Overexpression of HSP72 after induction of experimental stroke protects neurons from ischemic damage JOURNAL OF CEREBRAL BLOOD FLOW AND METABOLISM Hoehn, B., Ringer, T. M., Xu, L. J., Giffard, R. G., Sapolsky, R. M., Steinberg, G. K., Yenari, M. A. 2001; 21 (11): 1303-1309


The 72-kD inducible heat shock protein (HSP72) can attenuate cerebral ischemic injury when overexpressed before ischemia onset. Whether HSP72 overexpression is protective when applied after ischemia onset is not known, but would have important clinical implications. Fifty-seven rats underwent middle cerebral artery occlusion for 1 hour. Defective herpes simplex viral (HSV) vectors expressing hsp72 with lacZ as a reporter were delivered 0.5, 2, and 5 hours after ischemia onset into each striatum. Control animals received an identical vector containing only lacZ. Striatal neuron survival at 2 days was improved by 23% and 15% when HSP72 vectors were delayed 0.5 and 2 hours after ischemic onset, respectively ( P < 0.05). However, when delayed by 5 hours, HSP72 overexpression was no longer protective. This is the first demonstration that HSP72 gene transfer even after ischemia onset is neuroprotective. Because expression from these HSV vectors begins 4 to 6 hours after injection, this suggests that the temporal therapeutic window for HSP72 is at least 6 hours after ischemia onset. Future strategies aimed at enhancing HSP72 expression after clinical stroke may be worth pursuing. The authors suggest that in the future HSP72 may be an effective treatment for stroke.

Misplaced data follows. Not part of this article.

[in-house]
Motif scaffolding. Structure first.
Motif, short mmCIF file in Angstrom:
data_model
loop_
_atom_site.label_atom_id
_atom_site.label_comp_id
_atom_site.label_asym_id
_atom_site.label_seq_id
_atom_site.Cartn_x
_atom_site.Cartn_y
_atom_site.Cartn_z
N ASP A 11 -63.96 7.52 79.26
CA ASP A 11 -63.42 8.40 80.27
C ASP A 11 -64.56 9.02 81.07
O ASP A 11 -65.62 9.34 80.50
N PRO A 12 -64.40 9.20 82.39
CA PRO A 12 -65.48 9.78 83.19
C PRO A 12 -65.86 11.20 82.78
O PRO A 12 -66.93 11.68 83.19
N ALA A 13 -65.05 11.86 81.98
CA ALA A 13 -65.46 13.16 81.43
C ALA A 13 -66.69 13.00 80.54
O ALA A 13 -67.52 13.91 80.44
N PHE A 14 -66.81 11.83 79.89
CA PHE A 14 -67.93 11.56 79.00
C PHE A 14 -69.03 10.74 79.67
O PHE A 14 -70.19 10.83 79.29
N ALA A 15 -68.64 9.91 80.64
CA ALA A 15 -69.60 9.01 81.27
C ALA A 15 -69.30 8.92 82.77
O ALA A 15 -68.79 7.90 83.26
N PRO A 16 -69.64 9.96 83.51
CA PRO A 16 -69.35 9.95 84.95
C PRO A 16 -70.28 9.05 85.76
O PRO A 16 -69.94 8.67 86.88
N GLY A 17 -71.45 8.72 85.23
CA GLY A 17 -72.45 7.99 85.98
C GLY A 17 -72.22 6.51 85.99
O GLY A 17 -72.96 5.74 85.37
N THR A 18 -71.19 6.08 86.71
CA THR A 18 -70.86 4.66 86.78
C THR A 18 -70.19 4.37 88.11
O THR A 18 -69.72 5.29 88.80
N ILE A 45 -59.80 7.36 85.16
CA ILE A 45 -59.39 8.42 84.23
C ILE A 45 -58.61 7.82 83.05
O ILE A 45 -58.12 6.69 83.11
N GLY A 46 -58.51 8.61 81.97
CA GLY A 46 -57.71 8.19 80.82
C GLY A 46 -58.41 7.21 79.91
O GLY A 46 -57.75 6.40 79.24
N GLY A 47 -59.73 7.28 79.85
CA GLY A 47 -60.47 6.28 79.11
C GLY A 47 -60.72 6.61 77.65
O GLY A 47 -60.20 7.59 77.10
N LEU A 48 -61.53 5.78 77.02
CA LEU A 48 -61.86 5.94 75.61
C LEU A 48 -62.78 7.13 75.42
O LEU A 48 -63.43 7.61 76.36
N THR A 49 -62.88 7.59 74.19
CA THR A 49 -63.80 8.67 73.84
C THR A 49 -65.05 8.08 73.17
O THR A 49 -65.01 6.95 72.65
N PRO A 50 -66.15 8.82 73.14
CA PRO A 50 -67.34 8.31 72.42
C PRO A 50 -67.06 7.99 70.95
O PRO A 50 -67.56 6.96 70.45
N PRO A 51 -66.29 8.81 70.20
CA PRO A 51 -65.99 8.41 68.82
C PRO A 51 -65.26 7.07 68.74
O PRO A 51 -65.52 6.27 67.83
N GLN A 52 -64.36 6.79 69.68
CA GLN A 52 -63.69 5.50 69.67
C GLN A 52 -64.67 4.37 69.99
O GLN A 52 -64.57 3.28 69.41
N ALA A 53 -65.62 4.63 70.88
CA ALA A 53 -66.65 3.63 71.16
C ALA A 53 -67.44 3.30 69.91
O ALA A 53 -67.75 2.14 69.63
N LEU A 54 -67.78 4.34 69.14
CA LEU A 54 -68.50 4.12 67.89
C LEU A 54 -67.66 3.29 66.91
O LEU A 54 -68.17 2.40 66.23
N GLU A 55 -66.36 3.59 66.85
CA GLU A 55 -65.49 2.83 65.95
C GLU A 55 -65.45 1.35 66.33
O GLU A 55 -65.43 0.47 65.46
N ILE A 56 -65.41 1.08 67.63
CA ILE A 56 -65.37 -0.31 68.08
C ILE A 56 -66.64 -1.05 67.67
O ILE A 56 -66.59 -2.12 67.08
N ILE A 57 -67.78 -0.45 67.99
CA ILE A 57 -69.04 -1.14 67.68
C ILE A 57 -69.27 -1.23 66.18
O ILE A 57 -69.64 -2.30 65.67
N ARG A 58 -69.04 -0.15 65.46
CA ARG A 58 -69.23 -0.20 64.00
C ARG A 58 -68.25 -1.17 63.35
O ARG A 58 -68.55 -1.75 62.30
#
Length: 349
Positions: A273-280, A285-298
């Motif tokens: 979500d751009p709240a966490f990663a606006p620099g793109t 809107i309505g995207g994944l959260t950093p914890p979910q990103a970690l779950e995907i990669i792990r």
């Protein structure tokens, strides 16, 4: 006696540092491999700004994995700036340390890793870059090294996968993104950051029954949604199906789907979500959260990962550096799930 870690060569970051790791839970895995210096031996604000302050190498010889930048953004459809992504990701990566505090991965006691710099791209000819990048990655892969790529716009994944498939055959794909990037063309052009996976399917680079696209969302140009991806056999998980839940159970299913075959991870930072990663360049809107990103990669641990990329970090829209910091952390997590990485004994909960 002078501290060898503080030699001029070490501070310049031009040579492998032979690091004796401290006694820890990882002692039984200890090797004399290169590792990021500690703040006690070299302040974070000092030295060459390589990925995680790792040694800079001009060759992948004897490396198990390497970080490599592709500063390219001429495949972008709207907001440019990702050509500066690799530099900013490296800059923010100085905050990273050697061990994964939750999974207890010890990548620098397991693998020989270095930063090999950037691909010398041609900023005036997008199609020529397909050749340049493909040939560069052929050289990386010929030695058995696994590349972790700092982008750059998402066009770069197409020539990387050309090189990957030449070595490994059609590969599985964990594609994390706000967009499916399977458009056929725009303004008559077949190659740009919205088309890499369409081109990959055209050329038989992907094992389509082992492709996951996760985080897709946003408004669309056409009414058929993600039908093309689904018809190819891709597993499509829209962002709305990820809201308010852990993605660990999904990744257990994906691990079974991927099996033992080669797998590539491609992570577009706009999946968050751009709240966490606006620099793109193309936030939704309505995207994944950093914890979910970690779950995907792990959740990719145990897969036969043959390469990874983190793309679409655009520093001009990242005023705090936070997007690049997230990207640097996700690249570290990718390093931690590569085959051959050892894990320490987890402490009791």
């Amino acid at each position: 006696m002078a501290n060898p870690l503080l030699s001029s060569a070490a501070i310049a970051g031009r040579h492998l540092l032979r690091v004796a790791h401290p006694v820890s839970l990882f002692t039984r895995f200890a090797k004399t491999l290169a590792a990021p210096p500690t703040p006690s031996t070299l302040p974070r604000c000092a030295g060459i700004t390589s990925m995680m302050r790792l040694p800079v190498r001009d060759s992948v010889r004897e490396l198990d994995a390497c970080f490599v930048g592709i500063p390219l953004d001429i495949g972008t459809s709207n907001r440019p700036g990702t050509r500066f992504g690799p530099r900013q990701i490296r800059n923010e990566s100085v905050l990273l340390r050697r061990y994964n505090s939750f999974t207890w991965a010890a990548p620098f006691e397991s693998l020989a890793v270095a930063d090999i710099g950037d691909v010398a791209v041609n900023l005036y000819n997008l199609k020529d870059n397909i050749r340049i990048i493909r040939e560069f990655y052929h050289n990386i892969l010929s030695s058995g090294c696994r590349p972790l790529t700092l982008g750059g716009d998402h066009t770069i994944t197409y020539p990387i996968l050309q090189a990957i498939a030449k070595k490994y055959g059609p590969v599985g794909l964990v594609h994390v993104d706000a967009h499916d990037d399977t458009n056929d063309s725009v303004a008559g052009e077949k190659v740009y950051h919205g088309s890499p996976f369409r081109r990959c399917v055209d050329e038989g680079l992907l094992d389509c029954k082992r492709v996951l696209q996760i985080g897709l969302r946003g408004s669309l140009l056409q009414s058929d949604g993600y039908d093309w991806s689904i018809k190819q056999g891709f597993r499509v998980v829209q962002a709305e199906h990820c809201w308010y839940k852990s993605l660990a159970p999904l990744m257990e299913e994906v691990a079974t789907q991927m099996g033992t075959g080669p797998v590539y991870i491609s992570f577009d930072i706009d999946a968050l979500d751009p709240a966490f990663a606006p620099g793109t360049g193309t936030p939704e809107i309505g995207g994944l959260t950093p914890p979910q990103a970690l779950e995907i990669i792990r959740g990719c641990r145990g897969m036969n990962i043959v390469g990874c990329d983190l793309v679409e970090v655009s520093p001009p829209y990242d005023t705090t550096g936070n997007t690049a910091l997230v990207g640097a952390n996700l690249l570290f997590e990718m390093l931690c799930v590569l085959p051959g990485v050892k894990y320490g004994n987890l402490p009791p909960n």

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View details for PubMedID 11702045